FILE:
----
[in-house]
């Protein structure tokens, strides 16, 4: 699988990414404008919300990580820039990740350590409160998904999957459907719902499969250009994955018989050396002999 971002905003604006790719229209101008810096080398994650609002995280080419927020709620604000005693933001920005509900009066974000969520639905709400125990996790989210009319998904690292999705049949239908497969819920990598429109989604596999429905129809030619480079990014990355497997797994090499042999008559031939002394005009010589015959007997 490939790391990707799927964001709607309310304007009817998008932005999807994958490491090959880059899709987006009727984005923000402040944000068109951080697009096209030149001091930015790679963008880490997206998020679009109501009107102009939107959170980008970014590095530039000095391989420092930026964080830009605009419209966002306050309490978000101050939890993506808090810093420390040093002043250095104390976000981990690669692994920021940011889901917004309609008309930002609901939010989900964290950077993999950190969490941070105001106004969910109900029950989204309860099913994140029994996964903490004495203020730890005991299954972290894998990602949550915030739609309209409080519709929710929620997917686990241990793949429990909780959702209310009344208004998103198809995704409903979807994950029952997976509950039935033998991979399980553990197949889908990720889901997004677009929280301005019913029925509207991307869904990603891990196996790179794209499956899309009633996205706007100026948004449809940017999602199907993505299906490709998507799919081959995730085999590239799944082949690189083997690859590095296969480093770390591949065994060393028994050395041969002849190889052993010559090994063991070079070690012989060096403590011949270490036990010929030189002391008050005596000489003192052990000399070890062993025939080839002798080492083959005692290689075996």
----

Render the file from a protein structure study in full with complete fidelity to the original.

[in-house]
């Protein structure tokens, strides 16, 4: 699988990414404008919300990580820039990740350590409160998904999957459907719902499969250009994955018989050396002999 971002905003604006790719229209101008810096080398994650609002995280080419927020709620604000005693933001920005509900009066974000969520639905709400125990996790989210009319998904690292999705049949239908497969819920990598429109989604596999429905129809030619480079990014990355497997797994090499042999008559031939002394005009010589015959007997 490939790391990707799927964001709607309310304007009817998008932005999807994958490491090959880059899709987006009727984005923000402040944000068109951080697009096209030149001091930015790679963008880490997206998020679009109501009107102009939107959170980008970014590095530039000095391989420092930026964080830009605009419209966002306050309490978000101050939890993506808090810093420390040093002043250095104390976000981990690669692994920021940011889901917004309609008309930002609901939010989900964290950077993999950190969490941070105001106004969910109900029950989204309860099913994140029994996964903490004495203020730890005991299954972290894998990602949550915030739609309209409080519709929710929620997917686990241990793949429990909780959702209310009344208004998103198809995704409903979807994950029952997976509950039935033998991979399980553990197949889908990720889901997004677009929280301005019913029925509207991307869904990603891990196996790179794209499956899309009633996205706007100026948004449809940017999602199907993505299906490709998507799919081959995730085999590239799944082949690189083997690859590095296969480093770390591949065994060393028994050395041969002849190889052993010559090994063991070079070690012989060096403590011949270490036990010929030189002391008050005596000489003192052990000399070890062993025939080839002798080492083959005692290689075996």